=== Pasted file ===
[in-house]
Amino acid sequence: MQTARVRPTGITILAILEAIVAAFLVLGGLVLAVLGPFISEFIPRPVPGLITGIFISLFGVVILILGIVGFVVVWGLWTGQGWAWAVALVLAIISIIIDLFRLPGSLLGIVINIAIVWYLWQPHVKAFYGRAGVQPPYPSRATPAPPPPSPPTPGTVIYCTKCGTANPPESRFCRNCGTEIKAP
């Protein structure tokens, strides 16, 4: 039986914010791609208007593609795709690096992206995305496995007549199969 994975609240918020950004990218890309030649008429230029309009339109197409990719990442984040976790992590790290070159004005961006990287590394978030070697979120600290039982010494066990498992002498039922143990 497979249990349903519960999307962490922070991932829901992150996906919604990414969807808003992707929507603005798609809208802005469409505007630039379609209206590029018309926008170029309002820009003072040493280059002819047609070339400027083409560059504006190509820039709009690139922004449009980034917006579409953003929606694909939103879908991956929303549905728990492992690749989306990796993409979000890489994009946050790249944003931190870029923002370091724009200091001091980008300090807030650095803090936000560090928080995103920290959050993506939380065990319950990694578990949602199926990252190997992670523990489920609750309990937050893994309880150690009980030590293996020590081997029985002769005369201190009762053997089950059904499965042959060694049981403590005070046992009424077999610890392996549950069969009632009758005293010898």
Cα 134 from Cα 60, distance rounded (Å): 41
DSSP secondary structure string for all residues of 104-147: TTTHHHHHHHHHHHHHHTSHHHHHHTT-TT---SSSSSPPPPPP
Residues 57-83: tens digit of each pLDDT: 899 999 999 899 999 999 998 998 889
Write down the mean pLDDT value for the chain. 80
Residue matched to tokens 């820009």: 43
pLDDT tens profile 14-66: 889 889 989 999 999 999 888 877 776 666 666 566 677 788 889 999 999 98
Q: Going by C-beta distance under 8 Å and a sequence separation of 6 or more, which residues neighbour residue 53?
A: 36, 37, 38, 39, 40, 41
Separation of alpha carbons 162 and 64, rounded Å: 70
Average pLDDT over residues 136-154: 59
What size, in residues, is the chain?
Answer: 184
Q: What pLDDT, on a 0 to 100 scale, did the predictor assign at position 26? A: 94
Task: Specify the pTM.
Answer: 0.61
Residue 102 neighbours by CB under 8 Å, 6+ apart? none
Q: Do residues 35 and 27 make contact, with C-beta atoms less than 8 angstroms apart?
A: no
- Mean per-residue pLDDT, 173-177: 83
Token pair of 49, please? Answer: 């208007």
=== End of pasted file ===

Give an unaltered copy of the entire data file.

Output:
[in-house]
Amino acid sequence: MQTARVRPTGITILAILEAIVAAFLVLGGLVLAVLGPFISEFIPRPVPGLITGIFISLFGVVILILGIVGFVVVWGLWTGQGWAWAVALVLAIISIIIDLFRLPGSLLGIVINIAIVWYLWQPHVKAFYGRAGVQPPYPSRATPAPPPPSPPTPGTVIYCTKCGTANPPESRFCRNCGTEIKAP
């Protein structure tokens, strides 16, 4: 039986914010791609208007593609795709690096992206995305496995007549199969 994975609240918020950004990218890309030649008429230029309009339109197409990719990442984040976790992590790290070159004005961006990287590394978030070697979120600290039982010494066990498992002498039922143990 497979249990349903519960999307962490922070991932829901992150996906919604990414969807808003992707929507603005798609809208802005469409505007630039379609209206590029018309926008170029309002820009003072040493280059002819047609070339400027083409560059504006190509820039709009690139922004449009980034917006579409953003929606694909939103879908991956929303549905728990492992690749989306990796993409979000890489994009946050790249944003931190870029923002370091724009200091001091980008300090807030650095803090936000560090928080995103920290959050993506939380065990319950990694578990949602199926990252190997992670523990489920609750309990937050893994309880150690009980030590293996020590081997029985002769005369201190009762053997089950059904499965042959060694049981403590005070046992009424077999610890392996549950069969009632009758005293010898």
Cα 134 from Cα 60, distance rounded (Å): 41
DSSP secondary structure string for all residues of 104-147: TTTHHHHHHHHHHHHHHTSHHHHHHTT-TT---SSSSSPPPPPP
Residues 57-83: tens digit of each pLDDT: 899 999 999 899 999 999 998 998 889
Write down the mean pLDDT value for the chain. 80
Residue matched to tokens 């820009």: 43
pLDDT tens profile 14-66: 889 889 989 999 999 999 888 877 776 666 666 566 677 788 889 999 999 98
Q: Going by C-beta distance under 8 Å and a sequence separation of 6 or more, which residues neighbour residue 53?
A: 36, 37, 38, 39, 40, 41
Separation of alpha carbons 162 and 64, rounded Å: 70
Average pLDDT over residues 136-154: 59
What size, in residues, is the chain?
Answer: 184
Q: What pLDDT, on a 0 to 100 scale, did the predictor assign at position 26? A: 94
Task: Specify the pTM.
Answer: 0.61
Residue 102 neighbours by CB under 8 Å, 6+ apart? none
Q: Do residues 35 and 27 make contact, with C-beta atoms less than 8 angstroms apart?
A: no
- Mean per-residue pLDDT, 173-177: 83
Token pair of 49, please? Answer: 């208007």